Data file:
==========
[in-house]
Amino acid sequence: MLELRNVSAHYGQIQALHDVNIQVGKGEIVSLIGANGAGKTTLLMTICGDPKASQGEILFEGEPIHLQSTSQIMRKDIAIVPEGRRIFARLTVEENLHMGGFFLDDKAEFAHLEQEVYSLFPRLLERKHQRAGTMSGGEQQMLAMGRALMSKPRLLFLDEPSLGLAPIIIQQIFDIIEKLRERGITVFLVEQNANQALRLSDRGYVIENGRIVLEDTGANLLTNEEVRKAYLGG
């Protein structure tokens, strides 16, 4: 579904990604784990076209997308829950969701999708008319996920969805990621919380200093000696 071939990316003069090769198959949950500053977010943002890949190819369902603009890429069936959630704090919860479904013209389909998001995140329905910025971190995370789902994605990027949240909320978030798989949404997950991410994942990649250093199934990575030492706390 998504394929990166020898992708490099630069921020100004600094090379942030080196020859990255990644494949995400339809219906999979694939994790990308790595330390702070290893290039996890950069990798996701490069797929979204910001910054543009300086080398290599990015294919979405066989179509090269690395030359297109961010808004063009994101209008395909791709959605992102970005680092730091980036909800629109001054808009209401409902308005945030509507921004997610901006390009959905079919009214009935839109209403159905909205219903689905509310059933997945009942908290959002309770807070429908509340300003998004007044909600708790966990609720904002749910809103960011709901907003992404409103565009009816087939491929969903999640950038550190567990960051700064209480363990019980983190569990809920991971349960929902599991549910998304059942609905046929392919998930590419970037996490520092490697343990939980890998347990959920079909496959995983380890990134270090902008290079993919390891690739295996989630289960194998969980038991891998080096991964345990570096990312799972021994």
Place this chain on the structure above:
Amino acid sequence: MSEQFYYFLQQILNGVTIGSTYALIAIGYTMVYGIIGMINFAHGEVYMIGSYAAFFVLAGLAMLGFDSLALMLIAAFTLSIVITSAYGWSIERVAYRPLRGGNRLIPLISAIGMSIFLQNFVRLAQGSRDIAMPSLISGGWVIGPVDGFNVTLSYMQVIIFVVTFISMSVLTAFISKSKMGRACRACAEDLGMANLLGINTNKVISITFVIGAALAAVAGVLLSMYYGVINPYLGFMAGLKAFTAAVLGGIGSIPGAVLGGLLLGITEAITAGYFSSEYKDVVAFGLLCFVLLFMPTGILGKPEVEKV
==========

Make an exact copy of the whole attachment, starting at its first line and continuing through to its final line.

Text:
[in-house]
Amino acid sequence: MLELRNVSAHYGQIQALHDVNIQVGKGEIVSLIGANGAGKTTLLMTICGDPKASQGEILFEGEPIHLQSTSQIMRKDIAIVPEGRRIFARLTVEENLHMGGFFLDDKAEFAHLEQEVYSLFPRLLERKHQRAGTMSGGEQQMLAMGRALMSKPRLLFLDEPSLGLAPIIIQQIFDIIEKLRERGITVFLVEQNANQALRLSDRGYVIENGRIVLEDTGANLLTNEEVRKAYLGG
């Protein structure tokens, strides 16, 4: 579904990604784990076209997308829950969701999708008319996920969805990621919380200093000696 071939990316003069090769198959949950500053977010943002890949190819369902603009890429069936959630704090919860479904013209389909998001995140329905910025971190995370789902994605990027949240909320978030798989949404997950991410994942990649250093199934990575030492706390 998504394929990166020898992708490099630069921020100004600094090379942030080196020859990255990644494949995400339809219906999979694939994790990308790595330390702070290893290039996890950069990798996701490069797929979204910001910054543009300086080398290599990015294919979405066989179509090269690395030359297109961010808004063009994101209008395909791709959605992102970005680092730091980036909800629109001054808009209401409902308005945030509507921004997610901006390009959905079919009214009935839109209403159905909205219903689905509310059933997945009942908290959002309770807070429908509340300003998004007044909600708790966990609720904002749910809103960011709901907003992404409103565009009816087939491929969903999640950038550190567990960051700064209480363990019980983190569990809920991971349960929902599991549910998304059942609905046929392919998930590419970037996490520092490697343990939980890998347990959920079909496959995983380890990134270090902008290079993919390891690739295996989630289960194998969980038991891998080096991964345990570096990312799972021994």
Place this chain on the structure above:
Amino acid sequence: MSEQFYYFLQQILNGVTIGSTYALIAIGYTMVYGIIGMINFAHGEVYMIGSYAAFFVLAGLAMLGFDSLALMLIAAFTLSIVITSAYGWSIERVAYRPLRGGNRLIPLISAIGMSIFLQNFVRLAQGSRDIAMPSLISGGWVIGPVDGFNVTLSYMQVIIFVVTFISMSVLTAFISKSKMGRACRACAEDLGMANLLGINTNKVISITFVIGAALAAVAGVLLSMYYGVINPYLGFMAGLKAFTAAVLGGIGSIPGAVLGGLLLGITEAITAGYFSSEYKDVVAFGLLCFVLLFMPTGILGKPEVEKV